Don’t be afraid to ask the staff at the gate to check on the status of your dog. We asked before each flight to ensure Sora made it onto the plane. You can also ask during a layover with any attendant from your airline.

Be sure to let the captain and the flight attendants know that you are traveling with your dog in cargo, so they are aware in case anything goes wrong with equipment like air conditioning or cabin pressure during the flight.

Flying with a dog in cargo checklist.

Landing

On one particular flight, Sora came out on the conveyor belt with the rest of the luggage. Resist the urge to let your dog out until you have cleared customs, airport staff will tell you to just put her back in the kennel. Your dog will likely be scared, overwhelmed, and disoriented. Give the dog some calming verbal praise and if your dog is food motivated, a few dog treats through their kennel.

At customs, they will ask for all of your paperwork, stamp it, and then hopefully you’ll be on your way. Once outside of the airport doors, let that pup out to go potty and do some down dogs!

Buying Recommendation: Have a treat pouch ready to reward your dog positively. We like the Kurgo Go Stuff-It Dog Treat Bag as the carabiner can clip to your pants.


Feeling overwhelmed? Check out our Ultimate Flying with a Dog Guide and Checklist.
As noted above, we’ve launched our first e-book, The Ultimate Flying with a Dog Guide and Checklist for download. This guide is based on the common questions we get from our readers.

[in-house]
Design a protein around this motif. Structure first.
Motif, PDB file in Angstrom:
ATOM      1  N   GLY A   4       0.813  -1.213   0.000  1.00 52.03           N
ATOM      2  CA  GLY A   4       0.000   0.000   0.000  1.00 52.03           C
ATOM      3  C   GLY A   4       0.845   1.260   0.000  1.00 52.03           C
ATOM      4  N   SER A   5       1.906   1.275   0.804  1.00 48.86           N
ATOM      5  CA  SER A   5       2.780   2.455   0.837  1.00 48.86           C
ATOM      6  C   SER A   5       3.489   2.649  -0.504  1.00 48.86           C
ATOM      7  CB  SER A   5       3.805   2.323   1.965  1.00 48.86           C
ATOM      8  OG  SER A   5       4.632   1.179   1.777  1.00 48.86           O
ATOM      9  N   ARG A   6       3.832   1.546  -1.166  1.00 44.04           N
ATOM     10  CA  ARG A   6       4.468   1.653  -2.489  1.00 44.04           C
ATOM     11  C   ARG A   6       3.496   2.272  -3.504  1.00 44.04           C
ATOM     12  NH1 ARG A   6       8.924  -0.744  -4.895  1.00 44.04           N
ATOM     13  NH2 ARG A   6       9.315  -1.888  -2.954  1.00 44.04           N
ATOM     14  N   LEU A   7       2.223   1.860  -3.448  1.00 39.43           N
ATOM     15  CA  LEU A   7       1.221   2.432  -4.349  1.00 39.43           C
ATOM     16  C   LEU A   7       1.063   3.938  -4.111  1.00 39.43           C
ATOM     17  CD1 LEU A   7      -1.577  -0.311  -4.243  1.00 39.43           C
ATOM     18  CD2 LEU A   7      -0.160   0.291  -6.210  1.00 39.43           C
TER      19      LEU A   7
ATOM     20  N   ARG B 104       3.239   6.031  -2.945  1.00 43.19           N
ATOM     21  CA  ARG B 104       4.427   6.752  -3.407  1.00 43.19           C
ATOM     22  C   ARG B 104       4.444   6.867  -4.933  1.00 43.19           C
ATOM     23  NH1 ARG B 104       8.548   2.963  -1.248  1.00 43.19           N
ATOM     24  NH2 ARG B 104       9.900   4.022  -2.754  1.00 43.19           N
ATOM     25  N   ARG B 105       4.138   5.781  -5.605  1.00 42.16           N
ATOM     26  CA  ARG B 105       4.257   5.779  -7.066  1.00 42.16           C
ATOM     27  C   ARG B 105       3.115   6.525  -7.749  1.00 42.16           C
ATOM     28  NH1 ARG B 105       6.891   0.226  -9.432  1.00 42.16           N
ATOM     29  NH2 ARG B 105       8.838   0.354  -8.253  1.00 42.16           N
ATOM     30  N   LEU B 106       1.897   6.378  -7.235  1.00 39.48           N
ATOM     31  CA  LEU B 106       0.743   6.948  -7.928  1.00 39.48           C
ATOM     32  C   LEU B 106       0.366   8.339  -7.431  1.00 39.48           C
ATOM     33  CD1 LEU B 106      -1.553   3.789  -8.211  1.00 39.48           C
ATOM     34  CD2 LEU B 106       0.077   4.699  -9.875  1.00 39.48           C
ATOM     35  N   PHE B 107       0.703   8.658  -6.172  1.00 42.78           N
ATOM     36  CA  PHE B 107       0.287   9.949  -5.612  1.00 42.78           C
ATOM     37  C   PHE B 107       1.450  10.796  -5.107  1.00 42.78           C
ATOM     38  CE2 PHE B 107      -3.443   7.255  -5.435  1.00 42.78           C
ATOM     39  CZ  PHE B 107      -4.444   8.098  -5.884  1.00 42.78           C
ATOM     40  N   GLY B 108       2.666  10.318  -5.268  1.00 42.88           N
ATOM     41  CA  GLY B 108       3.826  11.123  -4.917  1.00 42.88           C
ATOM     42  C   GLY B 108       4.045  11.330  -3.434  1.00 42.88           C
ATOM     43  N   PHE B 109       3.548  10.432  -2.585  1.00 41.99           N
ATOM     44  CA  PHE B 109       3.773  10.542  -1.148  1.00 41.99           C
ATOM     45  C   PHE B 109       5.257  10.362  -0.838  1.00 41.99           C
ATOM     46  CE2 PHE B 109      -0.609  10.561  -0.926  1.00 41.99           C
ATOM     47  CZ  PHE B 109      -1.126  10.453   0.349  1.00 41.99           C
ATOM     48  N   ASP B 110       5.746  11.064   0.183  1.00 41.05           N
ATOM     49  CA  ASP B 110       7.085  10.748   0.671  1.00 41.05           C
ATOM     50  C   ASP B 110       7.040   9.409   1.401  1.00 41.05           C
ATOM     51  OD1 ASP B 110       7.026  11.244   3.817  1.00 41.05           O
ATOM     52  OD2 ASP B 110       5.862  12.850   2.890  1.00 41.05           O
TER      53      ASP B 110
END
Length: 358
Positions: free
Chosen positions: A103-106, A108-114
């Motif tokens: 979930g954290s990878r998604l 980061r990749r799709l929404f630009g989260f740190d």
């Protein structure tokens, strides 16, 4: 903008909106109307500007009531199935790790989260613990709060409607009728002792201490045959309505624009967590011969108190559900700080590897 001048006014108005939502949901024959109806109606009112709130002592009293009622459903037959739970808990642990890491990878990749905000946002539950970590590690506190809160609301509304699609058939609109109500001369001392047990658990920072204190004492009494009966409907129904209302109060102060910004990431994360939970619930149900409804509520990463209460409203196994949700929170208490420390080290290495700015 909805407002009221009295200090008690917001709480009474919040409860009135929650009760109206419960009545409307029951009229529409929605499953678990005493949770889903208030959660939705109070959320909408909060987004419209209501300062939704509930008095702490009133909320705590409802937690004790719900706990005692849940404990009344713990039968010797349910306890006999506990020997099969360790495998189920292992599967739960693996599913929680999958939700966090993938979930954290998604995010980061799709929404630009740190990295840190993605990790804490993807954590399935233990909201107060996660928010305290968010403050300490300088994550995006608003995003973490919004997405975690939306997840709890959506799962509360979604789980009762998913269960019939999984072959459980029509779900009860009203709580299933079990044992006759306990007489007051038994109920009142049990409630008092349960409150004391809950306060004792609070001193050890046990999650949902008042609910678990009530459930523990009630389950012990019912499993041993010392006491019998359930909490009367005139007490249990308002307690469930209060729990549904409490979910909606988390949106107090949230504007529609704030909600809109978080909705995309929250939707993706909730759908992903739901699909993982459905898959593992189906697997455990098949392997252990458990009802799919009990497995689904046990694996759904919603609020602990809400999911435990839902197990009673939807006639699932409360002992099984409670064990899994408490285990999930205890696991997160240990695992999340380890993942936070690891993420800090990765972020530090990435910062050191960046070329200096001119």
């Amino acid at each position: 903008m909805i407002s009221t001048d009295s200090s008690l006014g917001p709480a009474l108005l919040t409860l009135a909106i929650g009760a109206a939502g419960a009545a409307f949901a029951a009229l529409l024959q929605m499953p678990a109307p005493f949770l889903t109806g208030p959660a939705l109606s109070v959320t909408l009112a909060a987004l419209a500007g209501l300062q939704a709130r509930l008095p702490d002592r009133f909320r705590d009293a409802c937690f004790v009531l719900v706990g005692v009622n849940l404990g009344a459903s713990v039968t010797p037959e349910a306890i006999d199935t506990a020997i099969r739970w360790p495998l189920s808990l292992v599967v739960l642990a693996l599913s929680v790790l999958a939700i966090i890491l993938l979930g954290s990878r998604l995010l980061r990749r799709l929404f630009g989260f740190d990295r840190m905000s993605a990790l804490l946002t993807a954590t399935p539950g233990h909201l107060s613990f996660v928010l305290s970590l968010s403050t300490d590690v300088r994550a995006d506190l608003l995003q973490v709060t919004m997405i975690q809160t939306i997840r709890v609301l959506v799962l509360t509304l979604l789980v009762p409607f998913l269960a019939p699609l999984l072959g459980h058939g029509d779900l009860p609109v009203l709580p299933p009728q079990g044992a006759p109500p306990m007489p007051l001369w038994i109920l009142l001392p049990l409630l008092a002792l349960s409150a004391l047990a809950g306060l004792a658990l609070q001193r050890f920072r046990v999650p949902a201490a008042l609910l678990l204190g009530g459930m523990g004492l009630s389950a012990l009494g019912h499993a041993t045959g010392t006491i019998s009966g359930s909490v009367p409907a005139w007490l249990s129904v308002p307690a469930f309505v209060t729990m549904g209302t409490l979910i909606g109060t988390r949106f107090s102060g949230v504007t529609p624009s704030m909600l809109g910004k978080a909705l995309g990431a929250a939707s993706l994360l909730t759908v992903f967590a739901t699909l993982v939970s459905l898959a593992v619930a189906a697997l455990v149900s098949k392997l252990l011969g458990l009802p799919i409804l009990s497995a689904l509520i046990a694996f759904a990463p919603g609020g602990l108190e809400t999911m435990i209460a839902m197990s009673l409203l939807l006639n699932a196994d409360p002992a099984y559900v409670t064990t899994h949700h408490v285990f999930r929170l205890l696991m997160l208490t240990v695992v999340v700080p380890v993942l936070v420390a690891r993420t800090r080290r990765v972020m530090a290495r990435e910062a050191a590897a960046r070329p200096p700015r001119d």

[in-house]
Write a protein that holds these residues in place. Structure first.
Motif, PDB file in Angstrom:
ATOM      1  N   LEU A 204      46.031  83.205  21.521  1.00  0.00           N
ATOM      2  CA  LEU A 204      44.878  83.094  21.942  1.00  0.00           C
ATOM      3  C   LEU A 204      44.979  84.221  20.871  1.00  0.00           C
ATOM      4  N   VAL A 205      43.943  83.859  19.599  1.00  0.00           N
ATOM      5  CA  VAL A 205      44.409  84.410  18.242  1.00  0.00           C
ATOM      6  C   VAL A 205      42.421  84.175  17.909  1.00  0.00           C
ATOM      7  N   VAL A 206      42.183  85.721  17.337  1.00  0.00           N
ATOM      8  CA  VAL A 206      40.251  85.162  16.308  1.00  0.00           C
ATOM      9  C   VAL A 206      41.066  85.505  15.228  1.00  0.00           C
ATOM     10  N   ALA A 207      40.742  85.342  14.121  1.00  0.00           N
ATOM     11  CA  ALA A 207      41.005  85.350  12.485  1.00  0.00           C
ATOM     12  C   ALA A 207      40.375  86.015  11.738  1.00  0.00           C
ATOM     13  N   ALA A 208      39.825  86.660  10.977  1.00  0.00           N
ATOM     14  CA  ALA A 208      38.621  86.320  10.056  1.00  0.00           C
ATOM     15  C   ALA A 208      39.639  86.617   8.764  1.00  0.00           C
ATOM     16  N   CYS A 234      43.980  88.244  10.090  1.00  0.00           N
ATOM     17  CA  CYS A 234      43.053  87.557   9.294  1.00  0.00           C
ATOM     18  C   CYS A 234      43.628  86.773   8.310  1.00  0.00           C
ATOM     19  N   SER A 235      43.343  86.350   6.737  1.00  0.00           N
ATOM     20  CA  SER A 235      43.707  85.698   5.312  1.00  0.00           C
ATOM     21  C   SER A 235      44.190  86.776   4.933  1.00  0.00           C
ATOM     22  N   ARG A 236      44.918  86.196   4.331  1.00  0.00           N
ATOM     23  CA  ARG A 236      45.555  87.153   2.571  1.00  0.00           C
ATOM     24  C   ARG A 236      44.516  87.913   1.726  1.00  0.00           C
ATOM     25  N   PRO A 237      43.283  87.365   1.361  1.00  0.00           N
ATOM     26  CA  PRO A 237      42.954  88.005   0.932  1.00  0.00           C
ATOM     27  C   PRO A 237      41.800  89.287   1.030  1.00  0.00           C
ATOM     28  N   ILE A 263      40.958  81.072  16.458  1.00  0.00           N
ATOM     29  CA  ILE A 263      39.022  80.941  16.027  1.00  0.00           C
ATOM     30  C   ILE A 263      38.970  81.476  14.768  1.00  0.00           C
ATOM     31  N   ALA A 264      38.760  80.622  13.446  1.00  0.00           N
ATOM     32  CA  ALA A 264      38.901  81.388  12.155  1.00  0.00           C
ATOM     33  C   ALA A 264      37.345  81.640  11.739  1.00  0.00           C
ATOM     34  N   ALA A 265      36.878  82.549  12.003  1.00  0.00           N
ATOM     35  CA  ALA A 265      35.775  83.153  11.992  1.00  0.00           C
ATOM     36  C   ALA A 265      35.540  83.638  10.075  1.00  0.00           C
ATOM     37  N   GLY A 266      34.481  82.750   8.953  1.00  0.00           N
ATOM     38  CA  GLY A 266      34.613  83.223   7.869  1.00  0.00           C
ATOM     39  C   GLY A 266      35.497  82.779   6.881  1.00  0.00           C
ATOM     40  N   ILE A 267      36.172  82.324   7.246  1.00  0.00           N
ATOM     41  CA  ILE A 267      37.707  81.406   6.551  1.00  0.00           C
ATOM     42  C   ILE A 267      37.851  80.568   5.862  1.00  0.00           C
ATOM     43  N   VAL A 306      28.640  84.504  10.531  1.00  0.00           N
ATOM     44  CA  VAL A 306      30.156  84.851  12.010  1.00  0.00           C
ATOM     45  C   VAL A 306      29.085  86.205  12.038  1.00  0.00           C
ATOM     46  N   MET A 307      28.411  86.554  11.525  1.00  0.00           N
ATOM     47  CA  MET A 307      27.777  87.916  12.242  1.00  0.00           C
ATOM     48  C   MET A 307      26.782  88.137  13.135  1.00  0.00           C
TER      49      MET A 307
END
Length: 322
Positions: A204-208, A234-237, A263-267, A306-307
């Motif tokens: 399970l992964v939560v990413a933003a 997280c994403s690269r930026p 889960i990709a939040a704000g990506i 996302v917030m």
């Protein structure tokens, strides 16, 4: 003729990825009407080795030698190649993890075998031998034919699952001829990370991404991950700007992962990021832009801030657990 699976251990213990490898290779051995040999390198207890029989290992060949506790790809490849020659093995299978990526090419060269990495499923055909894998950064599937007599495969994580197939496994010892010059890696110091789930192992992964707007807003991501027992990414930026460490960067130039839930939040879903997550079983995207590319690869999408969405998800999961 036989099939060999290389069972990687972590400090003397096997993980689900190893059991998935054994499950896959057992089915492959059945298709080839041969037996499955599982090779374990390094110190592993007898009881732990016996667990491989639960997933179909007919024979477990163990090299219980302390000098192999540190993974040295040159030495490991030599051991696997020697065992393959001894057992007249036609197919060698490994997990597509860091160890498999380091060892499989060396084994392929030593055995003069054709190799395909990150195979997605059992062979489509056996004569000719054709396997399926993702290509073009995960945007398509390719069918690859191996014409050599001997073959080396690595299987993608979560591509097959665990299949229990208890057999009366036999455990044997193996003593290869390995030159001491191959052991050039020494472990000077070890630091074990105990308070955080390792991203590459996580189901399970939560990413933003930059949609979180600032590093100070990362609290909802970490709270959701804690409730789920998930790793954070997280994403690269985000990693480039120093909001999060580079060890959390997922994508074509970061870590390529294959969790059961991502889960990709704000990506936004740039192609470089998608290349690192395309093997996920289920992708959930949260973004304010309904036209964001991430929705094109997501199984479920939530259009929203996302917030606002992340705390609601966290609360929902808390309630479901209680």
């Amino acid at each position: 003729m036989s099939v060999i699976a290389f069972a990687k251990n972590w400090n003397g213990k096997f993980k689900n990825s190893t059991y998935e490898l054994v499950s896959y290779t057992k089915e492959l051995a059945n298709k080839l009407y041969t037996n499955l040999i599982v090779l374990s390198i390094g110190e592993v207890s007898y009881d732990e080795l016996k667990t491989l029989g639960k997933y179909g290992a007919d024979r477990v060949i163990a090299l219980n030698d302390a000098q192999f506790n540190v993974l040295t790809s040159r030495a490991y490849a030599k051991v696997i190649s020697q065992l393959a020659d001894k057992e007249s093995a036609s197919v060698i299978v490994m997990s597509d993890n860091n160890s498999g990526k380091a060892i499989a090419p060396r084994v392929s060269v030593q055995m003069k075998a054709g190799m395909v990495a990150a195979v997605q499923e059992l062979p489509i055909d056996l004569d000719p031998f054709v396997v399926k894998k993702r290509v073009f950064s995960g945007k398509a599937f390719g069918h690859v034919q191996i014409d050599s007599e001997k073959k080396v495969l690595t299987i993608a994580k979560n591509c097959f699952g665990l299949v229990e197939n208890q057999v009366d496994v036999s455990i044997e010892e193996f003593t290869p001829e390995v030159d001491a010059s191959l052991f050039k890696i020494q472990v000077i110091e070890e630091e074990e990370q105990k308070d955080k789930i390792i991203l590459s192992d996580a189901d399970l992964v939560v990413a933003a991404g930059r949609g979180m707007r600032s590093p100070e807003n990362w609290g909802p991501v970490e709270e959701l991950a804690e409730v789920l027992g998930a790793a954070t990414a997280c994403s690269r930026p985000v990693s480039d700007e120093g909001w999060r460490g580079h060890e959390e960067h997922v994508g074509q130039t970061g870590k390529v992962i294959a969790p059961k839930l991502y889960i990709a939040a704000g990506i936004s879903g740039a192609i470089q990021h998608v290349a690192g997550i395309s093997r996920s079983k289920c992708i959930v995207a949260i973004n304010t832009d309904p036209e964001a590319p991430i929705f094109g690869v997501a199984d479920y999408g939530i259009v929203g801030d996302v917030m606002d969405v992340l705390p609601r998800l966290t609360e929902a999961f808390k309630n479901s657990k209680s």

Flying with a dog checklist Ad

The 6 page document is a comprehensive step by step guide to follow when flying with a dog. It’s incredibly useful to have and will make flying with your pet much easier and save you time.
The Ultimate Flying with a Dog Guide and Checklist also includes tips like: which airlines are the best to fly, which airlines do not allow dogs to fly in cargo, finding pet relief areas, and many more.

Here’s some of our favorite gear to make flying easier for your dog⟶
Kurgo Loft(TM) Travel Dog BedDexas Snack DuO Dual Bottle and Snack ContainerSimple Solution Large Washable Training and Travel Dog PadDexas Collapsible Travel Cup

Still confused on how to fly internationally with a dog? Need some help on understanding import/export paperwork for your dog?

We got you covered. We offer consulting for those needing assistance planning trips abroad with their pets. Contact us for more information.

PIN FOR LATER!

Flying internationally with a dog is complicated and requires a lot of time and paperwork. This post details everything you need to know for a successful flight. Flying internationally with a dog is complicated and requires a lot of time and paperwork. This post details everything you need to know for a successful flight.

Jen Sotolongo

Jen is the Chief Storyteller and Photographer for the Long Haul Trekkers. Born with the travel bug, she has lived in Spain, Chile, and New Zealand. When she’s not galavanting around the world by bicycle, she is running long distances in the woods, exploring nature, or whipping up delicious vegan meals. She is always planning her next adventure.